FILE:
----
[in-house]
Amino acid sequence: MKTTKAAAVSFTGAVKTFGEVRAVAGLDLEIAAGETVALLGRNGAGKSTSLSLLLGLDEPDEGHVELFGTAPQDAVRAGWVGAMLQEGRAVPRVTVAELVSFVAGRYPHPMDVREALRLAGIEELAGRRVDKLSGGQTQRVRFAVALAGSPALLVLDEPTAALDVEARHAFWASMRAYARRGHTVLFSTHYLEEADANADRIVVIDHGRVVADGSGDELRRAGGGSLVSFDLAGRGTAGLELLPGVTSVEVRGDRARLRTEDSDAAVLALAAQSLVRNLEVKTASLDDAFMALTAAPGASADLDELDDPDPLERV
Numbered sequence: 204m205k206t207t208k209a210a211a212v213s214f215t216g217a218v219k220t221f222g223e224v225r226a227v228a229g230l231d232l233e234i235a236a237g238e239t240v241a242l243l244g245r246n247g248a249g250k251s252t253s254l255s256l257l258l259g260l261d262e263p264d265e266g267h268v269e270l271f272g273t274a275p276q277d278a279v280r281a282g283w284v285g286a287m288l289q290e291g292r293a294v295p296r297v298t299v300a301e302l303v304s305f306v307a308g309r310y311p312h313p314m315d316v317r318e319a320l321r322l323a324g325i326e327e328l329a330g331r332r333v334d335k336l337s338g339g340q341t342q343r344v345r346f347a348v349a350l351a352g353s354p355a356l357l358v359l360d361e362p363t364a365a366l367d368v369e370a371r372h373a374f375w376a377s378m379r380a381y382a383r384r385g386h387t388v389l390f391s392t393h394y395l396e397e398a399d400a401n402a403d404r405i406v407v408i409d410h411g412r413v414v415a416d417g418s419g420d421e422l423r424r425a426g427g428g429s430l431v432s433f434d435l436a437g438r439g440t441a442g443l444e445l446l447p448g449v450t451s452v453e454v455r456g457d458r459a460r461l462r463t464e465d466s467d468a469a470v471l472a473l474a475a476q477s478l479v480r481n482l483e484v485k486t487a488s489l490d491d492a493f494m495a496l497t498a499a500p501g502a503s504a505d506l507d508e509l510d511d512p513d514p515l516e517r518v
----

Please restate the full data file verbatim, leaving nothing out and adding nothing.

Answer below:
[in-house]
Amino acid sequence: MKTTKAAAVSFTGAVKTFGEVRAVAGLDLEIAAGETVALLGRNGAGKSTSLSLLLGLDEPDEGHVELFGTAPQDAVRAGWVGAMLQEGRAVPRVTVAELVSFVAGRYPHPMDVREALRLAGIEELAGRRVDKLSGGQTQRVRFAVALAGSPALLVLDEPTAALDVEARHAFWASMRAYARRGHTVLFSTHYLEEADANADRIVVIDHGRVVADGSGDELRRAGGGSLVSFDLAGRGTAGLELLPGVTSVEVRGDRARLRTEDSDAAVLALAAQSLVRNLEVKTASLDDAFMALTAAPGASADLDELDDPDPLERV
Numbered sequence: 204m205k206t207t208k209a210a211a212v213s214f215t216g217a218v219k220t221f222g223e224v225r226a227v228a229g230l231d232l233e234i235a236a237g238e239t240v241a242l243l244g245r246n247g248a249g250k251s252t253s254l255s256l257l258l259g260l261d262e263p264d265e266g267h268v269e270l271f272g273t274a275p276q277d278a279v280r281a282g283w284v285g286a287m288l289q290e291g292r293a294v295p296r297v298t299v300a301e302l303v304s305f306v307a308g309r310y311p312h313p314m315d316v317r318e319a320l321r322l323a324g325i326e327e328l329a330g331r332r333v334d335k336l337s338g339g340q341t342q343r344v345r346f347a348v349a350l351a352g353s354p355a356l357l358v359l360d361e362p363t364a365a366l367d368v369e370a371r372h373a374f375w376a377s378m379r380a381y382a383r384r385g386h387t388v389l390f391s392t393h394y395l396e397e398a399d400a401n402a403d404r405i406v407v408i409d410h411g412r413v414v415a416d417g418s419g420d421e422l423r424r425a426g427g428g429s430l431v432s433f434d435l436a437g438r439g440t441a442g443l444e445l446l447p448g449v450t451s452v453e454v455r456g457d458r459a460r461l462r463t464e465d466s467d468a469a470v471l472a473l474a475a476q477s478l479v480r481n482l483e484v485k486t487a488s489l490d491d492a493f494m495a496l497t498a499a500p501g502a503s504a505d506l507d508e509l510d511d512p513d514p515l516e517r518v